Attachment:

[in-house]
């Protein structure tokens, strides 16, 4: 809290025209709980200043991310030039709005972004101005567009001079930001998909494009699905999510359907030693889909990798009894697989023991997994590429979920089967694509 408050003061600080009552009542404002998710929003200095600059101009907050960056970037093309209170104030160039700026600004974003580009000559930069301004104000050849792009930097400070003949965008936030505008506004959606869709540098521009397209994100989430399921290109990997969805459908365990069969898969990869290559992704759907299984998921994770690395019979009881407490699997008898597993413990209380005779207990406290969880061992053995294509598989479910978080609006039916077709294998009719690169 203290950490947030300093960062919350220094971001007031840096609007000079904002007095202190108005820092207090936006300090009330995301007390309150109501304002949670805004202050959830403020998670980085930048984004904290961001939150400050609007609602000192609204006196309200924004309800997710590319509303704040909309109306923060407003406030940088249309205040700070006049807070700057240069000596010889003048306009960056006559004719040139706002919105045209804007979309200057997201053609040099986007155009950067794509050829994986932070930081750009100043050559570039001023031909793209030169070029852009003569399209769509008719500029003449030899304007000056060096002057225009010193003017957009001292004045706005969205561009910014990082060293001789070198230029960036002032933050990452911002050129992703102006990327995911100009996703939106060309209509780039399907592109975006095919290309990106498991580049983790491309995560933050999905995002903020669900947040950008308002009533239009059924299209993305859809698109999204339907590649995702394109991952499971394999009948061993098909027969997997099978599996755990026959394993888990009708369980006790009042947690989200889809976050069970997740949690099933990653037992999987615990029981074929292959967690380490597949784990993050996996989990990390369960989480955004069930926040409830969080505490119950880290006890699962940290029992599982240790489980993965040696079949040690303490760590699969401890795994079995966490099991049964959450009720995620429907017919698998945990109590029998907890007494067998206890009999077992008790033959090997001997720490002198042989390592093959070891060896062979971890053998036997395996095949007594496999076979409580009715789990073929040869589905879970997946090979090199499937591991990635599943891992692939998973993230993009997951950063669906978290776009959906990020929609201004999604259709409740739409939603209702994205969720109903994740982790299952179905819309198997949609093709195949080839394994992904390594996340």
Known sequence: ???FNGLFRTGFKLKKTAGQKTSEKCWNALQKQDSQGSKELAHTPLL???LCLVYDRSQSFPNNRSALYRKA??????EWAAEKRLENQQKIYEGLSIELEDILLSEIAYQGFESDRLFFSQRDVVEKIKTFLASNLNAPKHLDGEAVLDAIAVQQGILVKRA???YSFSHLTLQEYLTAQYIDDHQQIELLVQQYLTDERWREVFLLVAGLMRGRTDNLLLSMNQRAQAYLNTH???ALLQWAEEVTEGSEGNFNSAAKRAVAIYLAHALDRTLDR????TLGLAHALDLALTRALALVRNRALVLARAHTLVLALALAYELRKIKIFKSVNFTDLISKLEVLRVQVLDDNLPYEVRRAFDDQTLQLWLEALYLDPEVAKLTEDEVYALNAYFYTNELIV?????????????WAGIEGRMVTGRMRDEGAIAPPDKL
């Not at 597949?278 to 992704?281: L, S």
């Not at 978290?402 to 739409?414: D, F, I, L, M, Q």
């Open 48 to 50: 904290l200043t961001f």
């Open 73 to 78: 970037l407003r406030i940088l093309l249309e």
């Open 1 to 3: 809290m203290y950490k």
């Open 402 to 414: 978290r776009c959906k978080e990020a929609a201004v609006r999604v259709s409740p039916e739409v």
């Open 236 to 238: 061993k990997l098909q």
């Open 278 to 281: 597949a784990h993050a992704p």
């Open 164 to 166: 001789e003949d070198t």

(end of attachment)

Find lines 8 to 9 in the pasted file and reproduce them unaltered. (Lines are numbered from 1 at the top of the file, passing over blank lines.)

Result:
């Open 1 to 3: 809290m203290y950490k």
């Open 402 to 414: 978290r776009c959906k978080e990020a929609a201004v609006r999604v259709s409740p039916e739409v």